Friday, October 9, 2015

Women Crime Writers, Eight Suspense Novels of the 1940s & 50s, edited by Sarah Weinman

Posted first to Blog Critics as Book Review: ' Women Crime Writers, Eight Suspense Novels of  the 1940s & 50s', edited by Sarah Weinman.

Books on crime often dominate the market.  The Library of America has released a collectable set of works by women crime writers from the 1940s & 50s. Edited by Sarah Weinman, these eight suspense novels showcase the talent of the women authors what wrote them.

These stories in the first book from the 1940s authors include, The Horizontal Man by Helen Eustis, In A Lonely Place by Dorothy B. Hughes, Laura by Vera Caspary, and The Blank Wall by Elisabeth Sanxay Holding. This set of works will keep you enthralled with the psychological suspense that causes chills. There is much of the type of work that Hitchcock portrayed in his movies and you are both intrigued and repulsed at the occurrences.

Each work captures horror and suspense from that of a young career girl, to a campus thriller, moving on to a serial killer and then following up by a young wife in wartime that must take extreme measures when her family is threatened.  Each work is packed with differing stories yet the theme of terror bleeds through and holds you enthralled. The physiological ploys involved seem very familiar to the crimes of today.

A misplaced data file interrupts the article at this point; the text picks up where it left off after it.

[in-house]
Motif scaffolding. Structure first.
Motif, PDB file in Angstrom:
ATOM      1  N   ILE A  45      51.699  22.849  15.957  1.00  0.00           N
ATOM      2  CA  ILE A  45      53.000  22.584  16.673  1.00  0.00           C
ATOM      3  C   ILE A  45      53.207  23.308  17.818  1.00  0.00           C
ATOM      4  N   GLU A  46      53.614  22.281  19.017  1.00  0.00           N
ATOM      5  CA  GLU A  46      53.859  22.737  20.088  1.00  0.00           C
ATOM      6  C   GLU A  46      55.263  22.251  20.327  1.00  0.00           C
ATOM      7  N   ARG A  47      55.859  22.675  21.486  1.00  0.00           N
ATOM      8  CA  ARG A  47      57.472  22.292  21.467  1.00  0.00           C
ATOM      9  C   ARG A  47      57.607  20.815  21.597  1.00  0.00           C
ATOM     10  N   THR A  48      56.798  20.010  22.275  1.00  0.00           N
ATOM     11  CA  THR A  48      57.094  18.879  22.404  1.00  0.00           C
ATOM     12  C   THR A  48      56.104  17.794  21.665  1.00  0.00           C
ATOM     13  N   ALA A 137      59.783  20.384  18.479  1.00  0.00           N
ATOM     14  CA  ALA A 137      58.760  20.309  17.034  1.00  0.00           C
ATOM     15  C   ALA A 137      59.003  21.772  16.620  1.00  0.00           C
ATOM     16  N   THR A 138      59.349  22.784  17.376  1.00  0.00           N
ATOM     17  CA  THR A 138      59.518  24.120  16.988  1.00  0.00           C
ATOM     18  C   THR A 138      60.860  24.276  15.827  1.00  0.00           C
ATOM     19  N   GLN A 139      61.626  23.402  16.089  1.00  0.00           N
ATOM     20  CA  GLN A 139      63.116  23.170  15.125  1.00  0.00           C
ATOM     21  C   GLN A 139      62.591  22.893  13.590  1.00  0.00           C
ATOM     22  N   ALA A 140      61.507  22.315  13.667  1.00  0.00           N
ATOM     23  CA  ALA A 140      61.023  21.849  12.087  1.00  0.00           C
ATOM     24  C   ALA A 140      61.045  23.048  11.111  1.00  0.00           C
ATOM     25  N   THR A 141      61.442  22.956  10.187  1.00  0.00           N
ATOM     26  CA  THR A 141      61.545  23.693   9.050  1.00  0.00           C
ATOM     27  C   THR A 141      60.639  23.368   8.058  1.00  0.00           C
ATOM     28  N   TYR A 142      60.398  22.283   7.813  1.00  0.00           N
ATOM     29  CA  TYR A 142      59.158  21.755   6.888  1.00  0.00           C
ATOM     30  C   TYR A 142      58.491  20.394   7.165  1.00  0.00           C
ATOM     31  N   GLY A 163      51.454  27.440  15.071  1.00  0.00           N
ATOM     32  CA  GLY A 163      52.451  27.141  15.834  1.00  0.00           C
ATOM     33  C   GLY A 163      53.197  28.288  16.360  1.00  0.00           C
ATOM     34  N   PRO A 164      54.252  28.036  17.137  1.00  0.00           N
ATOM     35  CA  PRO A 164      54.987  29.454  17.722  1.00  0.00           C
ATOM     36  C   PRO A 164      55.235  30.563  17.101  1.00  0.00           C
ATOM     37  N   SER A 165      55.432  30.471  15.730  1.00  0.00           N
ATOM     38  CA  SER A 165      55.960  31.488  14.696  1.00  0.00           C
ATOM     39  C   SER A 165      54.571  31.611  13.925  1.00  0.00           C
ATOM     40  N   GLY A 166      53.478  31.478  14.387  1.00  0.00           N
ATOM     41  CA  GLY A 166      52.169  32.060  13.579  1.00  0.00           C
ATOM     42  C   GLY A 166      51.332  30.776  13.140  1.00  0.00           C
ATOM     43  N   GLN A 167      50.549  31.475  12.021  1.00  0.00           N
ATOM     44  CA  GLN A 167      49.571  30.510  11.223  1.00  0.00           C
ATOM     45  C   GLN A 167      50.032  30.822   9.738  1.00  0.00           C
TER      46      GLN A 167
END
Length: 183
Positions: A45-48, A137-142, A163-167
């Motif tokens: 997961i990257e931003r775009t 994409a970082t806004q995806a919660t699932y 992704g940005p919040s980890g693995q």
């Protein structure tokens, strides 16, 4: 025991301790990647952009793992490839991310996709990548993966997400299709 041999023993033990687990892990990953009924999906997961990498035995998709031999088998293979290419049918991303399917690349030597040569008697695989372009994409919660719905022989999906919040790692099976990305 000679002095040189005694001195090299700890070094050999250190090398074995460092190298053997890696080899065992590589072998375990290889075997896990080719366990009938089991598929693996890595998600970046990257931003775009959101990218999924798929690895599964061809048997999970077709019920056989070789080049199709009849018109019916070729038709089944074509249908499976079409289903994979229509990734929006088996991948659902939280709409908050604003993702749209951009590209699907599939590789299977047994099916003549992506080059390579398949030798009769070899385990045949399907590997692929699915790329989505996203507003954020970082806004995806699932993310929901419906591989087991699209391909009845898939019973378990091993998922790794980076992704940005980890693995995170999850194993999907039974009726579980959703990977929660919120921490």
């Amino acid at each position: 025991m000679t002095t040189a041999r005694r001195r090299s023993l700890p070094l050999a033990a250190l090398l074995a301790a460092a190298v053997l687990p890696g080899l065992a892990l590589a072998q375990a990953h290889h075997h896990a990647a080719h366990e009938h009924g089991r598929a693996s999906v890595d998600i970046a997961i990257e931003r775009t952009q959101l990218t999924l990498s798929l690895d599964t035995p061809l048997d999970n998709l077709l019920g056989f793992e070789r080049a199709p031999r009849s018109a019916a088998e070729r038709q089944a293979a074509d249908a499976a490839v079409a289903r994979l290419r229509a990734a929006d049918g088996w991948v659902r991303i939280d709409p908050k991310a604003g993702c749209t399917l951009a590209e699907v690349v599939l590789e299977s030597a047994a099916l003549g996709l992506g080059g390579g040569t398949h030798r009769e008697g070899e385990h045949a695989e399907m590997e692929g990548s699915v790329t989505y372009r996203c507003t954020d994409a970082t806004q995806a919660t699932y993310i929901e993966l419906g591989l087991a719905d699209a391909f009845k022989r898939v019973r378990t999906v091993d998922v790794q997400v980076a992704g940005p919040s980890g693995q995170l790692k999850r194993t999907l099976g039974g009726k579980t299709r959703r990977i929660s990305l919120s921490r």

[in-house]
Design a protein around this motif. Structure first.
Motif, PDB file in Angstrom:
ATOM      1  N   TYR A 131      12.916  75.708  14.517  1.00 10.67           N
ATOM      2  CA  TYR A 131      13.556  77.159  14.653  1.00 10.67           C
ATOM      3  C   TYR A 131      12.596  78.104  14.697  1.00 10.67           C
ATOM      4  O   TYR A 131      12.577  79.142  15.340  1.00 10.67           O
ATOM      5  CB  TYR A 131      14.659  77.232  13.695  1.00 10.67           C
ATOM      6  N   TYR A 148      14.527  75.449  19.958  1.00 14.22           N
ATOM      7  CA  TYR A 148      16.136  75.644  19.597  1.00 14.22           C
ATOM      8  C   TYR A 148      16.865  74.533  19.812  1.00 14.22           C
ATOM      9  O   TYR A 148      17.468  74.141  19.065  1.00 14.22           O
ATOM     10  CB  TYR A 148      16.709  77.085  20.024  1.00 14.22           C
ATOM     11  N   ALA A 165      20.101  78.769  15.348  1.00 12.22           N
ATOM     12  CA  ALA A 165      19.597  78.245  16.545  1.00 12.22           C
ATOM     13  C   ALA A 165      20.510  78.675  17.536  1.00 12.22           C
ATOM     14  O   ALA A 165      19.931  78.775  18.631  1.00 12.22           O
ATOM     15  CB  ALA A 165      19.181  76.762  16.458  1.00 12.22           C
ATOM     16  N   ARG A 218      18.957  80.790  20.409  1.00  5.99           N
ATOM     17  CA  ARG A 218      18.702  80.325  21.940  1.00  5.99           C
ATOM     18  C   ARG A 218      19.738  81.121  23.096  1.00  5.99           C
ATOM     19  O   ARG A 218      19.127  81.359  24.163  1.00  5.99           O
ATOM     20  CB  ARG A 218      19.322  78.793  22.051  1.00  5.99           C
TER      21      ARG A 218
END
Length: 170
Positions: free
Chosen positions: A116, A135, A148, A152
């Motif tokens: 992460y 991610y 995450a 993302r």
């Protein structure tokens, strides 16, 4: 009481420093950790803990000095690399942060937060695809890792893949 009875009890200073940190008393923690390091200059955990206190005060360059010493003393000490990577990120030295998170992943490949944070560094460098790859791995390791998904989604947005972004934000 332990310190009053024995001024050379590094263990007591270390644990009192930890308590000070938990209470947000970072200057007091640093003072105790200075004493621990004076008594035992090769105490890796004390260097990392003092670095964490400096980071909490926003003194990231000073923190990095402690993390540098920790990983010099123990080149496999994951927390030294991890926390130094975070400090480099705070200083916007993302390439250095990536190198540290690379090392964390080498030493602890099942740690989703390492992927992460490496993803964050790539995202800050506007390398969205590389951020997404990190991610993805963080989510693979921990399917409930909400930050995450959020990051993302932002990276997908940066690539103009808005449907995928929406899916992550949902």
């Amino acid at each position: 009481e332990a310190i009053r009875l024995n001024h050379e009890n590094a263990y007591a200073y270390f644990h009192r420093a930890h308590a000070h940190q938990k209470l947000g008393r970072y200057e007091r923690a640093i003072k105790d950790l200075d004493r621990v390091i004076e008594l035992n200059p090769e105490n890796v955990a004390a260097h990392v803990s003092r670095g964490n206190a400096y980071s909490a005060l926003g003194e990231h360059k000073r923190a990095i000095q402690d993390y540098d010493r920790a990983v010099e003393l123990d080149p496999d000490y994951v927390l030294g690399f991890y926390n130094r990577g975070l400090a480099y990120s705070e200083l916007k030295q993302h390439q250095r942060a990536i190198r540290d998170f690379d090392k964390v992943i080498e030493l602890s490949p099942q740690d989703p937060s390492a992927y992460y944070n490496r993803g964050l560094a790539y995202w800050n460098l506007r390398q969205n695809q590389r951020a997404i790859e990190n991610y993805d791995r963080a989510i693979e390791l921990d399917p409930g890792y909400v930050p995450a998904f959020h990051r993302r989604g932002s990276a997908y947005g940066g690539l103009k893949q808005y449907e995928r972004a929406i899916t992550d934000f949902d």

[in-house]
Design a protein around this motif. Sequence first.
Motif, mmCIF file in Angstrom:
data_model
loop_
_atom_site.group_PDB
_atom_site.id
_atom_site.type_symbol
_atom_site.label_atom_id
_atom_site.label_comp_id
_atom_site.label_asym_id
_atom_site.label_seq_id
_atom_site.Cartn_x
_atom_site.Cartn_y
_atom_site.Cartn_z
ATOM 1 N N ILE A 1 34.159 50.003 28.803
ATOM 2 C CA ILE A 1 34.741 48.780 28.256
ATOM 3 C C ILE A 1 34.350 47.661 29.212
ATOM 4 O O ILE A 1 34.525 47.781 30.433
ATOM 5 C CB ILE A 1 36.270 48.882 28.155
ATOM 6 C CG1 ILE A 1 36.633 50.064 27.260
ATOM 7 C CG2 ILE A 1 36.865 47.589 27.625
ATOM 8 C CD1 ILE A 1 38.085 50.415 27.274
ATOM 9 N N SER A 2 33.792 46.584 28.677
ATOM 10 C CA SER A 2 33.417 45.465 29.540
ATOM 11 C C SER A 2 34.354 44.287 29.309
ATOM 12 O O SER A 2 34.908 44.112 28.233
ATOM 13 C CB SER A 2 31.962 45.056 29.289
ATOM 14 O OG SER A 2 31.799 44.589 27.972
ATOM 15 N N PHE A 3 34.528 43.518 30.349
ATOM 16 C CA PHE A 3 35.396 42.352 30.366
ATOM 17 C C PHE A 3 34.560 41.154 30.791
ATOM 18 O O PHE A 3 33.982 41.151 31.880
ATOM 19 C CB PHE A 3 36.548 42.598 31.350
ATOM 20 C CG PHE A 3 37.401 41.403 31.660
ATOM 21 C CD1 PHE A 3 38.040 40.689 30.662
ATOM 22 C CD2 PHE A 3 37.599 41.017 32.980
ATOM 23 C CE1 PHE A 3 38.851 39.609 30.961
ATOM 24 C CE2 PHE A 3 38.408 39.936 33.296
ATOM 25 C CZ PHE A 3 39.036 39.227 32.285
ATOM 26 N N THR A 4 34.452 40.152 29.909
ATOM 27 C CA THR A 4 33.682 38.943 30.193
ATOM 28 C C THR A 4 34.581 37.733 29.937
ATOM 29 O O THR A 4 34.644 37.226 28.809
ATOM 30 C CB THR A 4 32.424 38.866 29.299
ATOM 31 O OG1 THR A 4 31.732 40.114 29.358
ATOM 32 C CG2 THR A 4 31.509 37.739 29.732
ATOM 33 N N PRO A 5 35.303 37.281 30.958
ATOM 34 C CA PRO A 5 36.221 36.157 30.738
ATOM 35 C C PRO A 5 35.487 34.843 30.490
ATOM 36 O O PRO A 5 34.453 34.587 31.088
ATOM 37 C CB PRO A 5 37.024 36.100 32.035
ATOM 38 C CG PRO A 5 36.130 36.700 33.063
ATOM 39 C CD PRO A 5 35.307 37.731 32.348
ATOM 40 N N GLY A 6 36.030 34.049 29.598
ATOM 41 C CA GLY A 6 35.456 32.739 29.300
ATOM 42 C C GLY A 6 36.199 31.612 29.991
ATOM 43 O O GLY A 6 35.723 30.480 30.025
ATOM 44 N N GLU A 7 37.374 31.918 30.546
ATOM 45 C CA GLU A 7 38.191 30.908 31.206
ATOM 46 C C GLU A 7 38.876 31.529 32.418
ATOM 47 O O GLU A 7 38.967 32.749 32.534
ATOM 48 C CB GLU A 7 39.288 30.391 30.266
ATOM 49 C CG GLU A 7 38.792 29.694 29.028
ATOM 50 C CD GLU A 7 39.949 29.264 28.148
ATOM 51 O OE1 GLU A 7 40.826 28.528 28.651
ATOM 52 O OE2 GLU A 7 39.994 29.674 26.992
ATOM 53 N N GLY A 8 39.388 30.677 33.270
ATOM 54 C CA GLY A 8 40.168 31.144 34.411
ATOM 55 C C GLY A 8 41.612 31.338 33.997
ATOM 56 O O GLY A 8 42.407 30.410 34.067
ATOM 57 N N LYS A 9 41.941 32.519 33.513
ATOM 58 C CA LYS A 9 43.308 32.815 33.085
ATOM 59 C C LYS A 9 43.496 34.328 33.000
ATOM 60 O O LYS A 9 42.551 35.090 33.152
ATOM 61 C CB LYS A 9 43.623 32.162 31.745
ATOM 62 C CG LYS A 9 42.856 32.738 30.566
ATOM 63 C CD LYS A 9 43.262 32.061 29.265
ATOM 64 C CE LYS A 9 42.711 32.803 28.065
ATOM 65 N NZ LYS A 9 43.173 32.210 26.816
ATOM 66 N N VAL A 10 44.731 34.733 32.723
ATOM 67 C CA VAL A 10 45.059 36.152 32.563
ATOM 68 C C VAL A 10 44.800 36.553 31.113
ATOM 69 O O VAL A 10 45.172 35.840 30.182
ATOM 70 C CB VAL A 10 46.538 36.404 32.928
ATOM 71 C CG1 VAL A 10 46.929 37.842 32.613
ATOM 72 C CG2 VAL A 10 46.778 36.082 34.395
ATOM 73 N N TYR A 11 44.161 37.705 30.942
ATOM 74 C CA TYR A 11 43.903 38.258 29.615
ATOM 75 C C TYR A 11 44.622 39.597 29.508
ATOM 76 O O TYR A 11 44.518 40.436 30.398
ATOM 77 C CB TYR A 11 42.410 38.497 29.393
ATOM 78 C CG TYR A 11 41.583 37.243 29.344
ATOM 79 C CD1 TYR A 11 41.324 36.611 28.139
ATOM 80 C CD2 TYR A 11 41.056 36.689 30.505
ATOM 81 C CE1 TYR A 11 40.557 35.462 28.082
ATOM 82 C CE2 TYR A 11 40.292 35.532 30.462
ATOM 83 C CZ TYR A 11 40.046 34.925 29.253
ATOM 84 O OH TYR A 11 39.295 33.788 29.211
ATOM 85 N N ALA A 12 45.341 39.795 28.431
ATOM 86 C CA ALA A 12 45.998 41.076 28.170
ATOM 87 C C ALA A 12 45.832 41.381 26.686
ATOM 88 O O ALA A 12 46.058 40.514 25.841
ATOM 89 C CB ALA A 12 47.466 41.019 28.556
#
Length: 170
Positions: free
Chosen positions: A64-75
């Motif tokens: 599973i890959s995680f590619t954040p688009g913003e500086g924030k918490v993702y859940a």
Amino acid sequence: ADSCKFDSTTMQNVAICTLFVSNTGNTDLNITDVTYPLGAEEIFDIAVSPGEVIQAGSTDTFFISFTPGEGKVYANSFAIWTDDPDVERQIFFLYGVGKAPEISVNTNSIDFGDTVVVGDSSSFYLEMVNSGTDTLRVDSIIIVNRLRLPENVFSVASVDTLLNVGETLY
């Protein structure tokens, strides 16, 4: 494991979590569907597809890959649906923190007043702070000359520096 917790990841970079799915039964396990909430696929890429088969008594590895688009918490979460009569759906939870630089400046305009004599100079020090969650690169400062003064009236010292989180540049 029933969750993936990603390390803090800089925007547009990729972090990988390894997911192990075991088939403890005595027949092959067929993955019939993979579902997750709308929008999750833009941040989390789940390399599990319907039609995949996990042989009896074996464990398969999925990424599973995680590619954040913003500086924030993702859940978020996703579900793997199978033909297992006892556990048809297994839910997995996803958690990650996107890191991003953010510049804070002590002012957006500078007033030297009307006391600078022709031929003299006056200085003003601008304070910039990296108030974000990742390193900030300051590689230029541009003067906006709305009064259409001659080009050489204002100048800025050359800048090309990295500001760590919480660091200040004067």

The second book entails the work of the woman crime authors of the 1950s and does not disappoint with works such as Mischief by Charlotte Armstrong, The Blunderer by Patricia Highsmith, Beast in View by Margaret Miller and Fools’ Gold by Dolores Hitchen.  As with the 1940s volume, these works contain stories of terror and physiological harm, from the story of a child entrusted to the car of a psychotic babysitter, to the parallel lives of two men driven to murder, followed by a study of madness and followed up with a tale of robbery and redemption.

What you find is that the early women writers were quite imaginative and brilliant at creating that tenseness and terror that a good crime novel needs. The only differences from today’s works are the slang and words of the time, which actually makes the reading just a bit more fun, for it is more of what you see and hear in movies of the early years. It takes you back to that time and place.

If you are looking for a great holiday gift for the crime book aficionado in your family this would be a great find.  Recently released by the Library of America it comes in a two book set that would be great for their library. Each writer has their own take and individuality on addressing and bringing forth terror and fear and you will find the entire set to be fascinating. Sarah Weinman has done a great job of editing and bringing forth this great work of historical significance in the writing world.

Rating 5/5

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